Applying for VA widow's benefits. Any advice?

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Since I'm caring for my 84 year old mother with dementia in my home, her new elder lawyer suggested applying for widow's benefits through the VA. My father did not serve in Korea (he was on Okinawa) but he DID serve 2 of his 3 years of service during the Korean War years. The lawyer implied that, once all of the paperwork was assembled & submitted, that the approval process would be relatively quick & efficient...like maybe a month or two. I have a hard time believing that since *nothing* the government or VA does is quick & efficient. Anyone have insights into approx. how long it takes between application & awarding of benefits? Also, I'm investigating nursing facilities so that I have my top choice & 2 back-ups shoyld the top choice not have an available bed when we need one. At least one of the local nursing homes will NOT accept VA benefits for payment. Would the VA be depositing money into her bank account that we can then apply to payment for the nursing home or would they want to deal directly with the home and that is it? And, lastly, I reviewed mom's assets with the lawyer & he never said they'd be a problem but some research that I've done suggests that, yes, there is a minimum amount they can possess at certain age levels & still receive VA benefits. True? And, if so, what's the minimum at age 84?

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Information about aid and attendance eligibility is here:
https://www.agingcare.com/articles/veteran-aid-attendance-benefit-long-term-care-156656.htm

Also, search aid and attendance in the aging care.com search box for more articles.
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Most counties have a Veterans office that has someone to help you. My county did and he walked me through the process and actually filled out the application for me. You do have to get a lot of paperwork ie death cert, marraige cert, moms birth cert, discharge papers...but once you get it all together it is just a waiting game. I am still waiting.
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Hi OzarkOlly. Great question. There are two avenues. As the widow of a war time veteran, your mom may be eligible for VA pension benefits to help pay for medical care she receives. Alternatively, if your dad died as the result of a disability/chronic condition/injury that he first obtained in service, she may be able to obtain Dependents Indemnity Compensation.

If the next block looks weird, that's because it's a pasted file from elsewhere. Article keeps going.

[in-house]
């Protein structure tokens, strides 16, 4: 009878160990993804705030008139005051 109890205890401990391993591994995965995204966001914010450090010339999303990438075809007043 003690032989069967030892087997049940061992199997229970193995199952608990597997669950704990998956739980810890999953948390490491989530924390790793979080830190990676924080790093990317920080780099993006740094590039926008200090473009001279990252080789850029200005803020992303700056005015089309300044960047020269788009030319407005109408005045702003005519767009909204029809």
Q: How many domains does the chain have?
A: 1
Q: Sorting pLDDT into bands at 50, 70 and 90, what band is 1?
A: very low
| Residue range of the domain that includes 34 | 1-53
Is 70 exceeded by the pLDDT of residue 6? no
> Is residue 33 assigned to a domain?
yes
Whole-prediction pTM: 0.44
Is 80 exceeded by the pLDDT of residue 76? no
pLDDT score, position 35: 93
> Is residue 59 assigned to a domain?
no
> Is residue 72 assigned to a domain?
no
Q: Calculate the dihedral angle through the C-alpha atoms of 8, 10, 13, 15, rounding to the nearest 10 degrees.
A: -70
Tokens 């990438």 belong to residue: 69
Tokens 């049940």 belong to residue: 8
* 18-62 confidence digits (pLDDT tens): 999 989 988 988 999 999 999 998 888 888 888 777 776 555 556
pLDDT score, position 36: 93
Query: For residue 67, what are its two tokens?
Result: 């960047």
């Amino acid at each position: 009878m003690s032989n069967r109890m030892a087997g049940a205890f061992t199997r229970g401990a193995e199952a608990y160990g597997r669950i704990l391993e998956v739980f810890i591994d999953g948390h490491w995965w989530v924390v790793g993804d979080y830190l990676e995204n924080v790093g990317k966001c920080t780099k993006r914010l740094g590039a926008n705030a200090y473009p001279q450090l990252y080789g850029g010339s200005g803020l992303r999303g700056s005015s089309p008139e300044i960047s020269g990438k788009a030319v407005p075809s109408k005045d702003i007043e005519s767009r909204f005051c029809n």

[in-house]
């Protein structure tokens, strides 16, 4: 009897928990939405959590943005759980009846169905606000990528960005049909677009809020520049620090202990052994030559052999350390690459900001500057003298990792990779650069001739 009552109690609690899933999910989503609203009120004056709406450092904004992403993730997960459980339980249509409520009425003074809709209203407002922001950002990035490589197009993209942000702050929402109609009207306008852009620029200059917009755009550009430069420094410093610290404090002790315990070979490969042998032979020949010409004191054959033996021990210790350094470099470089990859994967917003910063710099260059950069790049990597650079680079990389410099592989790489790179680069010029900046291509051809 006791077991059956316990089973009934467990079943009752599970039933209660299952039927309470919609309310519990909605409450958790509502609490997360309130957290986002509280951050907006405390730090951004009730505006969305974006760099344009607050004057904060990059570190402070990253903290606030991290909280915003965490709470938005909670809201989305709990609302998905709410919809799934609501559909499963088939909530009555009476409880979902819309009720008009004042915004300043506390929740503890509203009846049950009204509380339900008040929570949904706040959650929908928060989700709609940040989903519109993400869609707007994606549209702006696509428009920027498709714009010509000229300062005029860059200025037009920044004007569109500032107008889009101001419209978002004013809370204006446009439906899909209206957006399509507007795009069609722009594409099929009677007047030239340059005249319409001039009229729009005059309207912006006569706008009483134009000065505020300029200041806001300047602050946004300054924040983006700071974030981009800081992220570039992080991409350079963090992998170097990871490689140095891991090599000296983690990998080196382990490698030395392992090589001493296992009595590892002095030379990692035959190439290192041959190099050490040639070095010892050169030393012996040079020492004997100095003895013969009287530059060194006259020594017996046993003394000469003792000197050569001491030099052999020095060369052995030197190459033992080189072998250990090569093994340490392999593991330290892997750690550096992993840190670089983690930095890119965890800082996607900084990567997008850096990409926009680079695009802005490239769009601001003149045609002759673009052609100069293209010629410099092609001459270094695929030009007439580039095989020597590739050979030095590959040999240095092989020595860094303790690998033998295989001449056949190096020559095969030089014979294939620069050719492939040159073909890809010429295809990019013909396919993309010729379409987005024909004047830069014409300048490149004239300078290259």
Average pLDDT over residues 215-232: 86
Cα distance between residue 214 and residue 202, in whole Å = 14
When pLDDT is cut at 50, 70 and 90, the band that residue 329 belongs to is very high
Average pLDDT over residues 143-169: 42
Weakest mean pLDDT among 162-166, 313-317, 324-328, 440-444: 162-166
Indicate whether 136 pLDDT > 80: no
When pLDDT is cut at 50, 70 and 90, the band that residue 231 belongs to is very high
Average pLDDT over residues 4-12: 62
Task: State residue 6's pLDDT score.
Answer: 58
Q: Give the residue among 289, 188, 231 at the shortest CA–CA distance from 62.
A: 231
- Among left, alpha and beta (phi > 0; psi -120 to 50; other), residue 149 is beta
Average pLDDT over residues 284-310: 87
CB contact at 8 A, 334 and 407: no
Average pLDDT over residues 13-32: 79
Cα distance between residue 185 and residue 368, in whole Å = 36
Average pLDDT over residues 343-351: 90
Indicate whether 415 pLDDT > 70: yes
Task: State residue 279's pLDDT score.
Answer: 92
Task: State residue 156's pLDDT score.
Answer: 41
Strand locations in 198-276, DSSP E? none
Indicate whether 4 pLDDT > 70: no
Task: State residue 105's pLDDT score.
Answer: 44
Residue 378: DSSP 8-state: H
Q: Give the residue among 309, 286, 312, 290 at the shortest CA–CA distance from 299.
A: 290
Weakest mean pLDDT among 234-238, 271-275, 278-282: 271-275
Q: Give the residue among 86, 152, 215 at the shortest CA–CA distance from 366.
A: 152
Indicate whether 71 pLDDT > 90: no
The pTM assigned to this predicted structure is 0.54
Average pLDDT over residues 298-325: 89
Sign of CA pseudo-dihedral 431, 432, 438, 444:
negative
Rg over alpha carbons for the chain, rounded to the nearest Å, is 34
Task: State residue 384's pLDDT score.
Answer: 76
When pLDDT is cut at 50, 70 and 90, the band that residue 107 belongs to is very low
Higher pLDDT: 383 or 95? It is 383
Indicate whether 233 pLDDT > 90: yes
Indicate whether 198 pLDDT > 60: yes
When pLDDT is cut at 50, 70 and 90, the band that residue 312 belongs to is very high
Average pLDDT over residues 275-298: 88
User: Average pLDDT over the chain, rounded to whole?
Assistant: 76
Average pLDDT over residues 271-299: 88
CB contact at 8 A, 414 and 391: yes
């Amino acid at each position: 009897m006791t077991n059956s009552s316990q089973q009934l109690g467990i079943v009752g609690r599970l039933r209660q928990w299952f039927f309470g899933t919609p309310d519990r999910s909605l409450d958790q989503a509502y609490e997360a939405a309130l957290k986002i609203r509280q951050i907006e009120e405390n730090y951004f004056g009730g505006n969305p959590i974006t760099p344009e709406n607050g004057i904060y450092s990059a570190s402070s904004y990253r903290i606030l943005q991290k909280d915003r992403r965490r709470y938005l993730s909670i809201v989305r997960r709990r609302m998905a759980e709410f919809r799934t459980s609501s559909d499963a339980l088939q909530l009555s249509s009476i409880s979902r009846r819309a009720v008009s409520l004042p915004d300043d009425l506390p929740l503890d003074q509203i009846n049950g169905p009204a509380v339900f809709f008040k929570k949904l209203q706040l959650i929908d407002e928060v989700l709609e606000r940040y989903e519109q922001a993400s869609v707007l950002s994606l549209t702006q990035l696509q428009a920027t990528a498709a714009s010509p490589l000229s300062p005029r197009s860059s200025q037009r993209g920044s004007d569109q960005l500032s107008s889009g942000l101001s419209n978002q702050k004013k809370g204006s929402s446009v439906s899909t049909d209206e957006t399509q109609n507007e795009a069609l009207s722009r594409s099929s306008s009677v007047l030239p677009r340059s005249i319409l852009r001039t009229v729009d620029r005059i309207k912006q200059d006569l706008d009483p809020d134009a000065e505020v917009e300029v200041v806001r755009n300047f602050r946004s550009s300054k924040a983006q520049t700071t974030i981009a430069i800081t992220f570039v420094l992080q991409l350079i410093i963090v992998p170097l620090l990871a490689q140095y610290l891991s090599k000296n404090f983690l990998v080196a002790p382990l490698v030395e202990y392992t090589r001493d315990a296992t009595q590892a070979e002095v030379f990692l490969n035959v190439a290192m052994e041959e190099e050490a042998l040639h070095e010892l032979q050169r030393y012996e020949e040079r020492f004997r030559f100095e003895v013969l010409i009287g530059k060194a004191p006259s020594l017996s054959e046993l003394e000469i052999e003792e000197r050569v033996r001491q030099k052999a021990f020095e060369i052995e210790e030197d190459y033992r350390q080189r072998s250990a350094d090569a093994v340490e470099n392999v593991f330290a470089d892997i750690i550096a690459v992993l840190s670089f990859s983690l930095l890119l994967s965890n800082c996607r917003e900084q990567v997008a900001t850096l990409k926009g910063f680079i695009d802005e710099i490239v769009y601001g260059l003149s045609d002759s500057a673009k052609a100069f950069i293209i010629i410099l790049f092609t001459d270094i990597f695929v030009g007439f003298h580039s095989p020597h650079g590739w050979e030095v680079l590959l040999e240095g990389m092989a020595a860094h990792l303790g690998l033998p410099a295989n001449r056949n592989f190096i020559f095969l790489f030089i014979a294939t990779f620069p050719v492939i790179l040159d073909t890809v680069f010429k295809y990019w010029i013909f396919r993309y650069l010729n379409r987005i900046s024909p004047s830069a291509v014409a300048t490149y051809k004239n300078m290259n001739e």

If your dad was a member of American Legion, VFW, DAV, etc, give that post a call and get some direction to a National Service Officer who can help you sort this out. Alternatively, you can call any of them directly. We have heard good and bad about county offices, but usually they aren't the best. Still, you can find a gem in any entity. If you can, ask around and see who's a good National Service Officer in your area.

As far as the time required once an application or claim is filed, it is usually not quick but does vary very widely depending on where you live in the county and how fast your local VA Regional Office is at clearing claims. Last we checked where we live, it was 9 to 12 months for a pension determination if that gives you any kind of ruler...and our inquiry was a couple of years ago and was for our area only.
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Uh, you really need to contact the VA with these questions. And the one thing I'm sure of is that the longer you wait to apply, the longer the process will take. ;)

Just dive in the pool. It may sound confusing and a little scary, but they'll walk you thru it.
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My mother is 82. The denial in 2014 reflected that her income was over the alloted $1,3XX. (as I type this, I am uncertain of the exact figure). We recently appealed and I have yet to hear any news. Her caregiving costs have significantly lowered her 2015 income.
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Oops, I see my comma typo in the above amount. Sorry. Per the packet, "income limit for a surviving spouse with no dependents is $13,563.00"
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Jabtrb...you indicated that you're still waiting. How long has your wait been so far?

Lillybet...thanks for the income numbers. I had kind of assumed the original number was a monthly figure. Looks from the finall figure that you supplied that it's actually less than $1300/mo. Good clarification to have!
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Olly, we also used the county and service organization assistance. I was reluctant at first, in part because we've always handled legal and financial issues ourselves. But I finally accepted that there might be a better way than for me to repeatedly call, get information, follow up, download forms, call again to clarify confusion portions of forms, get more guidance, etc.

The county Veterans office prepared the application and e-mailed it directly to American Legion, which took it from there. The process went smoothly, I had to provide some additional information, but qualification for service connected disability was granted retroactively to application date about 5 months after application.

There are so many issues to the income level and how it can affect care; at this point, I would refer to the American Legion again or VFW to help walk me through the process. They do this on a regular basis, and it's easier for them to understand and explain than to try and wade through the complicated qualification criteria necessarily established by the VA.

You have a lot of questions; it'll be easier for you to just avoid the red tape and contact a service organization. You don't have to have been a member or have made donations. They serve because it helps veterans and their families.
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